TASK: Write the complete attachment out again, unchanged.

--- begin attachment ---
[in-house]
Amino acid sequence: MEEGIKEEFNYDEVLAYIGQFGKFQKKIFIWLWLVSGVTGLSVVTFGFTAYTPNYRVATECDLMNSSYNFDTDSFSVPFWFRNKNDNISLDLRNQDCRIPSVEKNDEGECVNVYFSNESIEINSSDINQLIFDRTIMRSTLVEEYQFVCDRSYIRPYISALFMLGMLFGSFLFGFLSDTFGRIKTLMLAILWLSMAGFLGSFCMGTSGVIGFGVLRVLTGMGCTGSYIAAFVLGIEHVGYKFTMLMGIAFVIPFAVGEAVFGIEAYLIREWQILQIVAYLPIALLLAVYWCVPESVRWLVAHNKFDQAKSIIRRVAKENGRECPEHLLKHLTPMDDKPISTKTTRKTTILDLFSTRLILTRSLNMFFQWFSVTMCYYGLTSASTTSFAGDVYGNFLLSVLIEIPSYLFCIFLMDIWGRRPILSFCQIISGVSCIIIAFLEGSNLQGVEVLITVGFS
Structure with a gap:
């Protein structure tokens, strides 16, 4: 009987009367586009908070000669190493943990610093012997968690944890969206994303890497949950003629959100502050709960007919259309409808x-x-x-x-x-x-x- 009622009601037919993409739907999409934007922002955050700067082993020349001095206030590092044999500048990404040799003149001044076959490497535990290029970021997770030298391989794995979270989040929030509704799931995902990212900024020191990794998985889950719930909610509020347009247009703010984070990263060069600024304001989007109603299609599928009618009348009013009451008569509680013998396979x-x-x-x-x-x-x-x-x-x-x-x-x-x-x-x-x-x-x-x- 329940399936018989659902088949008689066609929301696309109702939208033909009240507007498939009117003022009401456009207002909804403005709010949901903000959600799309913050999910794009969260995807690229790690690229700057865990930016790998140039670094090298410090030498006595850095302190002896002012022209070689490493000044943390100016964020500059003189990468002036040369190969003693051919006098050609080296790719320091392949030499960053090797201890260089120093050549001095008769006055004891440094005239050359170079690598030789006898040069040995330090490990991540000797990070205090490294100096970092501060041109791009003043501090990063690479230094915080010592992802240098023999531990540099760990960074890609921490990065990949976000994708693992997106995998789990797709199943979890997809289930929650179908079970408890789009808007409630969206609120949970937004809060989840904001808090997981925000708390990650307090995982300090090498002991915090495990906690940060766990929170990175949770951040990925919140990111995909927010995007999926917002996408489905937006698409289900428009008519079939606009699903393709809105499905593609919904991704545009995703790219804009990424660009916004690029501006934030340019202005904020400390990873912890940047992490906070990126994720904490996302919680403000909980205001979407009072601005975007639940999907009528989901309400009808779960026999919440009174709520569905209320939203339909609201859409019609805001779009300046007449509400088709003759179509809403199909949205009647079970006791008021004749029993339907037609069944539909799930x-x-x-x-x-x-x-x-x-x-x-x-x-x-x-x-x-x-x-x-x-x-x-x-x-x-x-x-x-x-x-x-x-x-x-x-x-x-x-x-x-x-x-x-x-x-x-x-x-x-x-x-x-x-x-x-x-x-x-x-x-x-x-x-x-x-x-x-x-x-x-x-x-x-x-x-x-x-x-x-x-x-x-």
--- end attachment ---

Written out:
[in-house]
Amino acid sequence: MEEGIKEEFNYDEVLAYIGQFGKFQKKIFIWLWLVSGVTGLSVVTFGFTAYTPNYRVATECDLMNSSYNFDTDSFSVPFWFRNKNDNISLDLRNQDCRIPSVEKNDEGECVNVYFSNESIEINSSDINQLIFDRTIMRSTLVEEYQFVCDRSYIRPYISALFMLGMLFGSFLFGFLSDTFGRIKTLMLAILWLSMAGFLGSFCMGTSGVIGFGVLRVLTGMGCTGSYIAAFVLGIEHVGYKFTMLMGIAFVIPFAVGEAVFGIEAYLIREWQILQIVAYLPIALLLAVYWCVPESVRWLVAHNKFDQAKSIIRRVAKENGRECPEHLLKHLTPMDDKPISTKTTRKTTILDLFSTRLILTRSLNMFFQWFSVTMCYYGLTSASTTSFAGDVYGNFLLSVLIEIPSYLFCIFLMDIWGRRPILSFCQIISGVSCIIIAFLEGSNLQGVEVLITVGFS
Structure with a gap:
């Protein structure tokens, strides 16, 4: 009987009367586009908070000669190493943990610093012997968690944890969206994303890497949950003629959100502050709960007919259309409808x-x-x-x-x-x-x- 009622009601037919993409739907999409934007922002955050700067082993020349001095206030590092044999500048990404040799003149001044076959490497535990290029970021997770030298391989794995979270989040929030509704799931995902990212900024020191990794998985889950719930909610509020347009247009703010984070990263060069600024304001989007109603299609599928009618009348009013009451008569509680013998396979x-x-x-x-x-x-x-x-x-x-x-x-x-x-x-x-x-x-x-x- 329940399936018989659902088949008689066609929301696309109702939208033909009240507007498939009117003022009401456009207002909804403005709010949901903000959600799309913050999910794009969260995807690229790690690229700057865990930016790998140039670094090298410090030498006595850095302190002896002012022209070689490493000044943390100016964020500059003189990468002036040369190969003693051919006098050609080296790719320091392949030499960053090797201890260089120093050549001095008769006055004891440094005239050359170079690598030789006898040069040995330090490990991540000797990070205090490294100096970092501060041109791009003043501090990063690479230094915080010592992802240098023999531990540099760990960074890609921490990065990949976000994708693992997106995998789990797709199943979890997809289930929650179908079970408890789009808007409630969206609120949970937004809060989840904001808090997981925000708390990650307090995982300090090498002991915090495990906690940060766990929170990175949770951040990925919140990111995909927010995007999926917002996408489905937006698409289900428009008519079939606009699903393709809105499905593609919904991704545009995703790219804009990424660009916004690029501006934030340019202005904020400390990873912890940047992490906070990126994720904490996302919680403000909980205001979407009072601005975007639940999907009528989901309400009808779960026999919440009174709520569905209320939203339909609201859409019609805001779009300046007449509400088709003759179509809403199909949205009647079970006791008021004749029993339907037609069944539909799930x-x-x-x-x-x-x-x-x-x-x-x-x-x-x-x-x-x-x-x-x-x-x-x-x-x-x-x-x-x-x-x-x-x-x-x-x-x-x-x-x-x-x-x-x-x-x-x-x-x-x-x-x-x-x-x-x-x-x-x-x-x-x-x-x-x-x-x-x-x-x-x-x-x-x-x-x-x-x-x-x-x-x-």